Do You Really Need A Passion For Gaming To Support Players?

The 2020 Netflix documentary series ‘High Score’ was a real treat for anyone interested in retro gaming. It described the early days of companies such as Atari, Nintendo, and Sega and the birth of the home gaming console.

In one of the episodes there is a focus on early Player Support at Nintendo. The contact center operation is very primitive, with just a few phones inside an office to handle however many players were calling for help, but what was really interesting was the hiring process.

Nintendo only hired people to work the phones if they really knew how to play the games. In most cases they were expected to have completed arcade games before supporting them – hopefully the company supplied a bag of quarters for the training sessions!

This kind of dedication to the product being supported now seems unusual. If you talk to most companies that help your business manage customer support then they will talk about the resource they have almost immediately available. This is because these companies are hiring based on aptitude, a friendly manner, and the ability to learn. These contact center agents can be rapidly deployed to support retail brands, insurance companies, or energy suppliers with a quick introductory course into whatever product is being supported.

But as Nintendo knew back in the 80s, this approach doesn’t work as well for gaming. This is an entertainment industry. The players are fans of your product. They are giving up their spare time and spending it with your game rather than watching Netflix or Amazon Prime. They need help with something that really matters personally to them, not just advice on how to renew a motor insurance policy.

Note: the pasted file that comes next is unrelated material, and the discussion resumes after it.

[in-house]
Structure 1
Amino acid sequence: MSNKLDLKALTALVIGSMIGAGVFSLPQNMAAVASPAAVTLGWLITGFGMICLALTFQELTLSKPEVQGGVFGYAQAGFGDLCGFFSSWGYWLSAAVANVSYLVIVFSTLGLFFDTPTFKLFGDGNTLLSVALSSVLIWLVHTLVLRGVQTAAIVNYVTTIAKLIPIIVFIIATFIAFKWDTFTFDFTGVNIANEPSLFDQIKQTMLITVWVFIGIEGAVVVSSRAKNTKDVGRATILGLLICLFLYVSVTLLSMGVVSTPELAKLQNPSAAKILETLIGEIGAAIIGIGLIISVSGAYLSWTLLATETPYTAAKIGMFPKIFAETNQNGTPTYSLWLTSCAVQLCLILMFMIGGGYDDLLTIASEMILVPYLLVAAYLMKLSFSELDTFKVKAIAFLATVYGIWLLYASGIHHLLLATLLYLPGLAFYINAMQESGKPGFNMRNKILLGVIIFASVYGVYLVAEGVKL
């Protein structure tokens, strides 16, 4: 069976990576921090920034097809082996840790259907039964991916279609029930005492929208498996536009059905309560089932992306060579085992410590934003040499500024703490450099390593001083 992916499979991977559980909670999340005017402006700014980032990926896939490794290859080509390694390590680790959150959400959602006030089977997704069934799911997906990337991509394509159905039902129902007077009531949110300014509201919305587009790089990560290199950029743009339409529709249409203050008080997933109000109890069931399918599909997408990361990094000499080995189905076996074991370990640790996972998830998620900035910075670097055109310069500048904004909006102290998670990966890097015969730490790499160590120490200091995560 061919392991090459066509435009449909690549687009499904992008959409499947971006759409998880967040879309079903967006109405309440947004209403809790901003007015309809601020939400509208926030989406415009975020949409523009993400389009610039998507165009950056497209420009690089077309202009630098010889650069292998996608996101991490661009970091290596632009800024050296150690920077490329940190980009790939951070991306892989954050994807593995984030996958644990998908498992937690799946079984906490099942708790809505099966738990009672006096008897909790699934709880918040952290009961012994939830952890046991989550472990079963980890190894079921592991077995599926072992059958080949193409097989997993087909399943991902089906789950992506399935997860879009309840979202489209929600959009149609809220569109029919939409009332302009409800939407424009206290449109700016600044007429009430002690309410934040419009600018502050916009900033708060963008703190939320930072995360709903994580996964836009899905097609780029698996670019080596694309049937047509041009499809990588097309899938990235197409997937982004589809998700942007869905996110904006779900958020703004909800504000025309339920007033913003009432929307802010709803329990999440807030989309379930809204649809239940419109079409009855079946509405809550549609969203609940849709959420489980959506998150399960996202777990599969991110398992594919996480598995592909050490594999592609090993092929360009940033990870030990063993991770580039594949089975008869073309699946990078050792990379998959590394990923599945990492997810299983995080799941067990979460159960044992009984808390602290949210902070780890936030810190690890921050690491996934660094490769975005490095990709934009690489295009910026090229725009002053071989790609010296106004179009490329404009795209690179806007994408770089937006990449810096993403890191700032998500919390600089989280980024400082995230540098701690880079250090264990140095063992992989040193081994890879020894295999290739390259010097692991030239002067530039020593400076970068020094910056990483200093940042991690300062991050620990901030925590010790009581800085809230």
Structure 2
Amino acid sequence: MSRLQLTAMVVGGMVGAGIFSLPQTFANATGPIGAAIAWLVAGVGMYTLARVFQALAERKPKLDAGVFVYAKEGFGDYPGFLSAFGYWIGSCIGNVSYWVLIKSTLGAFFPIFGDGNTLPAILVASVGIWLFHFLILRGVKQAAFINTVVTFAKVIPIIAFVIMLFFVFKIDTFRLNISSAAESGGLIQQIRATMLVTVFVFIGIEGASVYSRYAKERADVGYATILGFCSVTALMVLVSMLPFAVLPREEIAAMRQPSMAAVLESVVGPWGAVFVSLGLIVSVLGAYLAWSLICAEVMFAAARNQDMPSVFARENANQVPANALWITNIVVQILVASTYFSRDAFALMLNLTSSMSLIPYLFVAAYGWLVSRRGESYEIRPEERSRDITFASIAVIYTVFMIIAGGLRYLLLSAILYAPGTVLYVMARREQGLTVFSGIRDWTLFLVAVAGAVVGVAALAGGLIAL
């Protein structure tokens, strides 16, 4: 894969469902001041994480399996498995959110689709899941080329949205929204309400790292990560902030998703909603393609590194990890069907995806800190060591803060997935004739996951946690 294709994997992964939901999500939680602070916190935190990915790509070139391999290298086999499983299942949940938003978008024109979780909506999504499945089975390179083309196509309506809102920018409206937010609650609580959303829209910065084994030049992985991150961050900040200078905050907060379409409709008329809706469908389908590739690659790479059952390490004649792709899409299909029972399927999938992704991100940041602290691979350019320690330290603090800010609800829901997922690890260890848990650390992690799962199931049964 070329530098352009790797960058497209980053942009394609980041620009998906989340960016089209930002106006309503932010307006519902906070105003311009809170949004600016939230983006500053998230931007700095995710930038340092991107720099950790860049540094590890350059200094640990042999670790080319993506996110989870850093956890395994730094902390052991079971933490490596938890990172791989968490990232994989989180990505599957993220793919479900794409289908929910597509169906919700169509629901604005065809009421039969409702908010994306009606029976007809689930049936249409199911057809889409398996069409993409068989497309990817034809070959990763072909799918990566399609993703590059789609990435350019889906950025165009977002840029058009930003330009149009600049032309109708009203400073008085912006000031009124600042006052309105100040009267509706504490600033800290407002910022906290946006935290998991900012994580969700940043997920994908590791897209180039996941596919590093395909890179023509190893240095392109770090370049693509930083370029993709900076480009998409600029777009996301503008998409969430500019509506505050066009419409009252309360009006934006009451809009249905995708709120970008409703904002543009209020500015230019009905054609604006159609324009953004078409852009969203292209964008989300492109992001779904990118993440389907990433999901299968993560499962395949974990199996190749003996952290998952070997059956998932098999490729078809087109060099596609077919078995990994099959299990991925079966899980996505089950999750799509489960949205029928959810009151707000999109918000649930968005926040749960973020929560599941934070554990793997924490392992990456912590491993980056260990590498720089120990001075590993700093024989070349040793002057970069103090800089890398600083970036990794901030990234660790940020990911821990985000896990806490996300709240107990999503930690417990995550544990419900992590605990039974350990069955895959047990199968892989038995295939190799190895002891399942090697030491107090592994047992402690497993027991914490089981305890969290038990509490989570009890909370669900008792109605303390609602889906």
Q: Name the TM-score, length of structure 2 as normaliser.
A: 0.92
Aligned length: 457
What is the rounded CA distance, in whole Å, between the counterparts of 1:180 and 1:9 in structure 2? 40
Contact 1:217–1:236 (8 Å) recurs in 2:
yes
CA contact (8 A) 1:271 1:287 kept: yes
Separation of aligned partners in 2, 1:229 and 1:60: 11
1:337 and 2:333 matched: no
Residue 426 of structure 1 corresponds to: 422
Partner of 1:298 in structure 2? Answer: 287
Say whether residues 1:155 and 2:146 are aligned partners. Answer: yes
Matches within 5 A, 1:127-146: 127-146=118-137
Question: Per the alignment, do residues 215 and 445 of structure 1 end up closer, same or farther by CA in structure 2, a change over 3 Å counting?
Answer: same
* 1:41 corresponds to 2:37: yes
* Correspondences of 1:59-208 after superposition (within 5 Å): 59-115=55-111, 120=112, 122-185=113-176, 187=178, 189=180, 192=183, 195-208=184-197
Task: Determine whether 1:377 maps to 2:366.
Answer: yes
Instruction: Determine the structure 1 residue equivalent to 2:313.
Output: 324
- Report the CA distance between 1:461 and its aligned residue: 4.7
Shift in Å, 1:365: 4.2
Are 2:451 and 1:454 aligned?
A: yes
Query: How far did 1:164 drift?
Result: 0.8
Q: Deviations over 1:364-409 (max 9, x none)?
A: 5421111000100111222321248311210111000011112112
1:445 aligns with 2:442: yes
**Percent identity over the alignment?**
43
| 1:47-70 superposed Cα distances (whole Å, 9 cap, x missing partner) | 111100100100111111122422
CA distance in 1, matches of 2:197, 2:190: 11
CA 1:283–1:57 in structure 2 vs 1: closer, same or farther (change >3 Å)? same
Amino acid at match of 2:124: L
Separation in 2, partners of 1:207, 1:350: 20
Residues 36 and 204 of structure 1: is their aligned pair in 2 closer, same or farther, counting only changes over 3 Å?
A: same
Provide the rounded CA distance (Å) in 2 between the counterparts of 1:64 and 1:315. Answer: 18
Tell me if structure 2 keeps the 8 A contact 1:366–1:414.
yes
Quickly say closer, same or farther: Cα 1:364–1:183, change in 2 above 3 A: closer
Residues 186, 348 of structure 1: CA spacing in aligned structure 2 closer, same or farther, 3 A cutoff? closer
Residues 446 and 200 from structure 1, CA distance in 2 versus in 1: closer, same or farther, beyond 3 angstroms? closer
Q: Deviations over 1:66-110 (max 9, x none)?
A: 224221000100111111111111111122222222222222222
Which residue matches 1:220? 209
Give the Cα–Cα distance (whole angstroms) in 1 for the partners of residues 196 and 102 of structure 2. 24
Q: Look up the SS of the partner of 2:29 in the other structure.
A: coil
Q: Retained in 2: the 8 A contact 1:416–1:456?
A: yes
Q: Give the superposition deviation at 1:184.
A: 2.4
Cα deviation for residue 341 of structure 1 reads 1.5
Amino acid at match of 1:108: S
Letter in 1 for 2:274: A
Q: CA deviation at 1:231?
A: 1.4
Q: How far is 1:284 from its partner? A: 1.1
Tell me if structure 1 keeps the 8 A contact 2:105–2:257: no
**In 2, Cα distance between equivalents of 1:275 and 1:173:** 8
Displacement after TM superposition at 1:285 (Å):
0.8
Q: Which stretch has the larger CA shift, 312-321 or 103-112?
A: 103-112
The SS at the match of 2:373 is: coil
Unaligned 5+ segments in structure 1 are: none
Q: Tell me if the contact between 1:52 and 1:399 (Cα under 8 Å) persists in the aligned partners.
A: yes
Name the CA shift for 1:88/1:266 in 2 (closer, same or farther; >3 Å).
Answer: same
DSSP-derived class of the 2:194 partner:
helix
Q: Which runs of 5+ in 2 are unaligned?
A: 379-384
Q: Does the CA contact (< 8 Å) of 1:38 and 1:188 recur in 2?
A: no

Kelvin Plomer is the Senior Director of Games Operations at Jagex. He is based in Cambridge in the UK and Jagex works with us to manage their Player Support. In a recent interview, Kelvin said: “I really wouldn’t want to go near any kind of generic customer service solution or provider that was not active in the gaming industry. It’s different. The fact that Testronic has over 20 years experience with games is great because it means they speak the same language and they know the right people to hire.”

Kelvin’s last point here is the kicker. We know the right kind of people to hire. We hire people that are passionate about gaming because they will be directly interacting with and supporting players. This kind of support isn’t generic–Nintendo knew it 40 years ago.

We believe that a passion for gaming is essential for everyone in our company, but especially the Player Support team because they have that intimate and direct contact with the players. But what is the business value of this passion?

Motivation:  how do you motivate contact center agents just taking complaints all day on behalf of a cell phone company? The experience of gamers helping players all day is entirely different–it’s satisfying and enjoyable. Motivation is far easier when people like what they are doing.
Career:  our company is deeply integrated into the gaming industry, with services including Player Support, Localization, and QA. We have great connections to games publishers, and this creates a pathway to different opportunities that a typical customer service agent will never see in a role outside gaming.
Retention:  most customer service operations struggle with retention – it’s typical for many contact centers to be replacing everyone on the team inside a year. This is directly related to interest and motivation in the jobs – when players support players this isn’t a problem.

Player Support is different to traditional customer service processes. Companies in the gaming industry have known this for decades. It’s all about the passion that genuine players can bring to the table when supporting other players. Creating that passion in a support process is step one of what we do at Testronic.


Follow the Testronic company page on LinkedIn for more insight and information on gaming and Player Support.

CC Photo by Screen Post and Jason Leung